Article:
A revolutionary discovery has been made by a team of researchers led by Professor Kilwon Cho and Ph.D. candidates Seung Hyun Kim and Sein Chung from the Department of Chemical Engineering at POSTECH, along with Professor Boseok Kang from the Department of Nano Engineering at Sungkyunkwan University (SKKU). Their findings, published in the journal Advanced Functional Materials, unveil a remarkable technology for high-performance organic polymer semiconductors that possess both electrical functionality and stretchability.
To enable semiconductors to be used in flexible applications like flexible displays and skin-attachable medical devices, it is crucial to utilize materials that can stretch instead of rigid ones. However, when semiconductors undergo stretching, the force exerted on them can be up to ten times greater than during simple bending. This can cause the breakdown of the semiconductor layers and a decline in their electrical performance. Researchers have been diligently seeking methods to maintain semiconductor performance even under deformation, but a definitive solution has been elusive.
Fortunately, the research team has now developed a breakthrough solution—a flexible molecular photocrosslinker equipped with azide-reactive groups at both ends. When exposed to ultraviolet light, this photocrosslinker forms a network structure with the polymer semiconductor, acting as a brake that prevents slipping even under stretching conditions.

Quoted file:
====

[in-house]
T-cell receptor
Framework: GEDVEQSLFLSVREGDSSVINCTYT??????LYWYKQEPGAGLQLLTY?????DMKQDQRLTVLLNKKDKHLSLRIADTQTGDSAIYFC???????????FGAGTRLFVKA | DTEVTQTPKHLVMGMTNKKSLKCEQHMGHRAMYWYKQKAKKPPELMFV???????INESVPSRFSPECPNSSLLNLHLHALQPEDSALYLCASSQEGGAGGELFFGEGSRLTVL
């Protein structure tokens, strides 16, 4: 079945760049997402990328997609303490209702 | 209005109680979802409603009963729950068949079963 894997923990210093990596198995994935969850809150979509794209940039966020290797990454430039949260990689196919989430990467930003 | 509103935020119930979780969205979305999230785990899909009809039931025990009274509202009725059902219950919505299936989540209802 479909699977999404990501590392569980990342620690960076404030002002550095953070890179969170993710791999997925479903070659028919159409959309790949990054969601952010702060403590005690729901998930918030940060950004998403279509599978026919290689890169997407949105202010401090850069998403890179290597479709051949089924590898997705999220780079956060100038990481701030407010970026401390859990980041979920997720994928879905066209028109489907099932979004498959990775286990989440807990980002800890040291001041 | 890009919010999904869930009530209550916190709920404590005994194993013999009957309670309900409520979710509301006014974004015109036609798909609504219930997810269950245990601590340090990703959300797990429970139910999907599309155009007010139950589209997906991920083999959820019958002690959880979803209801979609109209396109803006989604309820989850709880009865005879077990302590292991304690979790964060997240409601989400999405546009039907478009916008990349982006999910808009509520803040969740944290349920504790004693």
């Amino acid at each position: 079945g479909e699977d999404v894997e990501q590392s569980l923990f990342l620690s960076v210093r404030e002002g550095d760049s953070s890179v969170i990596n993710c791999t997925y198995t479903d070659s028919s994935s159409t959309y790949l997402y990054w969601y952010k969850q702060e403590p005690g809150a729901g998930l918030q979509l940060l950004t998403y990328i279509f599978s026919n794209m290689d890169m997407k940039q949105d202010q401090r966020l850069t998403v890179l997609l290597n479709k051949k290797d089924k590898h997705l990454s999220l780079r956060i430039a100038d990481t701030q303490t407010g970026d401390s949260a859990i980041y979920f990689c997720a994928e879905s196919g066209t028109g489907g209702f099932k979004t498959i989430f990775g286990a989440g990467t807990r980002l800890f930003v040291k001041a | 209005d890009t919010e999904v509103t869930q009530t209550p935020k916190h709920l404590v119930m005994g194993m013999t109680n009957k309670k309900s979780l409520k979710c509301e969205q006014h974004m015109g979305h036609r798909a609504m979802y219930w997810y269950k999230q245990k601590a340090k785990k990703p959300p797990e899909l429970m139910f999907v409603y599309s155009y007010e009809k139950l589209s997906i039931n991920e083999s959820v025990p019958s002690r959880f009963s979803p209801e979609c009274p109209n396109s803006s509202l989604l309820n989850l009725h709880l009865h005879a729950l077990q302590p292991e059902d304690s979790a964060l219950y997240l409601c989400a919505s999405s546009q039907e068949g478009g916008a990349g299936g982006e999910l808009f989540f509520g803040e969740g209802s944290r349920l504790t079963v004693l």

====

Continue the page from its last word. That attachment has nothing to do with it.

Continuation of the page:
Unlike conventional semiconductor materials, where polymer chains become entangled and slip irreversibly, leading to fracture when stretched, the presence of this “brake” allows the polymer chains to retain their stretchability and performance without any slipping.
Through this innovative approach, the research team achieved remarkable results. They successfully preserved up to 96 percent of the electrical performance of the polymer semiconductor, even when it was stretched to 80 percent. Moreover, the semiconductor exhibited significantly improved stretchability and durability compared to conventional semiconductors, clearly demonstrating the effectiveness of the developed technology.
Professor Kilwon Cho elaborated on the significance of the discovery, stating, “By incorporating azide photocrosslinkers into the films, we have successfully maintained the excellent electrical properties of polymer semiconductors for organic thin-film transistors, even under significant mechanical deformation. This simple approach significantly enhances the stretchability and UV-patternability of organic semiconducting polymers, making it highly valuable for industries requiring large-area production and photolithography for the development of next-generation flexible electronics.”